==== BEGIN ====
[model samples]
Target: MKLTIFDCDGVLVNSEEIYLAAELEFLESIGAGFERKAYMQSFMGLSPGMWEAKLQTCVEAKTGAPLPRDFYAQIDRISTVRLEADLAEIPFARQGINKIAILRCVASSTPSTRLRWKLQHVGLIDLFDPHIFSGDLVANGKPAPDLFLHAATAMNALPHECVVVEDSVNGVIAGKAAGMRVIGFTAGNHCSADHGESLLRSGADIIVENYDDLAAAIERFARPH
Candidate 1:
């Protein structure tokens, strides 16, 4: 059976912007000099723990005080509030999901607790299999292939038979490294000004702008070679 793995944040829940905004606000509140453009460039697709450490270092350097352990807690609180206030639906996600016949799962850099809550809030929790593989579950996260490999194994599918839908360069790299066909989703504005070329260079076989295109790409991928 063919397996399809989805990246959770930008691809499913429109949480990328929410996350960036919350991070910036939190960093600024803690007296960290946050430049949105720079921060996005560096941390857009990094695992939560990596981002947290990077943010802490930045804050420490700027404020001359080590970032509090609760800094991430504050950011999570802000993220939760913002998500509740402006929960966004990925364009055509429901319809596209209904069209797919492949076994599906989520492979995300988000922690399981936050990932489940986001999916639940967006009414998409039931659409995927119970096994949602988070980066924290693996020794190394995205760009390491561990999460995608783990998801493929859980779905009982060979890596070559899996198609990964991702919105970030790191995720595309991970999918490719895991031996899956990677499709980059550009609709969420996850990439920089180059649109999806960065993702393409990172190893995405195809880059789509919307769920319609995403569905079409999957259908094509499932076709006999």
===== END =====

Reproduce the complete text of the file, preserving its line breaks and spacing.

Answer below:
[model samples]
Target: MKLTIFDCDGVLVNSEEIYLAAELEFLESIGAGFERKAYMQSFMGLSPGMWEAKLQTCVEAKTGAPLPRDFYAQIDRISTVRLEADLAEIPFARQGINKIAILRCVASSTPSTRLRWKLQHVGLIDLFDPHIFSGDLVANGKPAPDLFLHAATAMNALPHECVVVEDSVNGVIAGKAAGMRVIGFTAGNHCSADHGESLLRSGADIIVENYDDLAAAIERFARPH
Candidate 1:
């Protein structure tokens, strides 16, 4: 059976912007000099723990005080509030999901607790299999292939038979490294000004702008070679 793995944040829940905004606000509140453009460039697709450490270092350097352990807690609180206030639906996600016949799962850099809550809030929790593989579950996260490999194994599918839908360069790299066909989703504005070329260079076989295109790409991928 063919397996399809989805990246959770930008691809499913429109949480990328929410996350960036919350991070910036939190960093600024803690007296960290946050430049949105720079921060996005560096941390857009990094695992939560990596981002947290990077943010802490930045804050420490700027404020001359080590970032509090609760800094991430504050950011999570802000993220939760913002998500509740402006929960966004990925364009055509429901319809596209209904069209797919492949076994599906989520492979995300988000922690399981936050990932489940986001999916639940967006009414998409039931659409995927119970096994949602988070980066924290693996020794190394995205760009390491561990999460995608783990998801493929859980779905009982060979890596070559899996198609990964991702919105970030790191995720595309991970999918490719895991031996899956990677499709980059550009609709969420996850990439920089180059649109999806960065993702393409990172190893995405195809880059789509919307769920319609995403569905079409999957259908094509499932076709006999």